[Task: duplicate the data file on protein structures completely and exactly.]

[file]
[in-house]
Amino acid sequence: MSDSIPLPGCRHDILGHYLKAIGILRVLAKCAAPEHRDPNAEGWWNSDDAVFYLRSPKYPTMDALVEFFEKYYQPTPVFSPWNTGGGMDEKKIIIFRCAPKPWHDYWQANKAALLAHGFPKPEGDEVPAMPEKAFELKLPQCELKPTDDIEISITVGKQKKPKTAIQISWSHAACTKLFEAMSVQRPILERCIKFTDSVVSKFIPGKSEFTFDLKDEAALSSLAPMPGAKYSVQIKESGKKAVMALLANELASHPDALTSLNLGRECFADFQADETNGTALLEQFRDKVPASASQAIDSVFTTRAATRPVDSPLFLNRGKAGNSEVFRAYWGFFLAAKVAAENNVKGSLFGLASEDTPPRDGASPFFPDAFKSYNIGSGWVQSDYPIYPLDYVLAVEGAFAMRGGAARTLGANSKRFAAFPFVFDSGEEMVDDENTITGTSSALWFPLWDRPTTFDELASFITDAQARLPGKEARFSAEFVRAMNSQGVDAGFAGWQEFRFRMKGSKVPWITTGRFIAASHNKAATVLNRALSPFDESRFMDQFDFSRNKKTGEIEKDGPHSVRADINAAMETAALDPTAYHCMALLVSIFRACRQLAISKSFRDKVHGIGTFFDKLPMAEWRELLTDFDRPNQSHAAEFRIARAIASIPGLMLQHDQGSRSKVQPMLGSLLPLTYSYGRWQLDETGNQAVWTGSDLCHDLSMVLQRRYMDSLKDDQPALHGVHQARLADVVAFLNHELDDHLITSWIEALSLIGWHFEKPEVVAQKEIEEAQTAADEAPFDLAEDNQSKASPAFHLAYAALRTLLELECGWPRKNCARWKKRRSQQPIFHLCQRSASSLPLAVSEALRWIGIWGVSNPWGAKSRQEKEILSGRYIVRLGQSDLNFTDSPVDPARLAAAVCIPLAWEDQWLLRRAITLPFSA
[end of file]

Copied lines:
[in-house]
Amino acid sequence: MSDSIPLPGCRHDILGHYLKAIGILRVLAKCAAPEHRDPNAEGWWNSDDAVFYLRSPKYPTMDALVEFFEKYYQPTPVFSPWNTGGGMDEKKIIIFRCAPKPWHDYWQANKAALLAHGFPKPEGDEVPAMPEKAFELKLPQCELKPTDDIEISITVGKQKKPKTAIQISWSHAACTKLFEAMSVQRPILERCIKFTDSVVSKFIPGKSEFTFDLKDEAALSSLAPMPGAKYSVQIKESGKKAVMALLANELASHPDALTSLNLGRECFADFQADETNGTALLEQFRDKVPASASQAIDSVFTTRAATRPVDSPLFLNRGKAGNSEVFRAYWGFFLAAKVAAENNVKGSLFGLASEDTPPRDGASPFFPDAFKSYNIGSGWVQSDYPIYPLDYVLAVEGAFAMRGGAARTLGANSKRFAAFPFVFDSGEEMVDDENTITGTSSALWFPLWDRPTTFDELASFITDAQARLPGKEARFSAEFVRAMNSQGVDAGFAGWQEFRFRMKGSKVPWITTGRFIAASHNKAATVLNRALSPFDESRFMDQFDFSRNKKTGEIEKDGPHSVRADINAAMETAALDPTAYHCMALLVSIFRACRQLAISKSFRDKVHGIGTFFDKLPMAEWRELLTDFDRPNQSHAAEFRIARAIASIPGLMLQHDQGSRSKVQPMLGSLLPLTYSYGRWQLDETGNQAVWTGSDLCHDLSMVLQRRYMDSLKDDQPALHGVHQARLADVVAFLNHELDDHLITSWIEALSLIGWHFEKPEVVAQKEIEEAQTAADEAPFDLAEDNQSKASPAFHLAYAALRTLLELECGWPRKNCARWKKRRSQQPIFHLCQRSASSLPLAVSEALRWIGIWGVSNPWGAKSRQEKEILSGRYIVRLGQSDLNFTDSPVDPARLAAAVCIPLAWEDQWLLRRAITLPFSA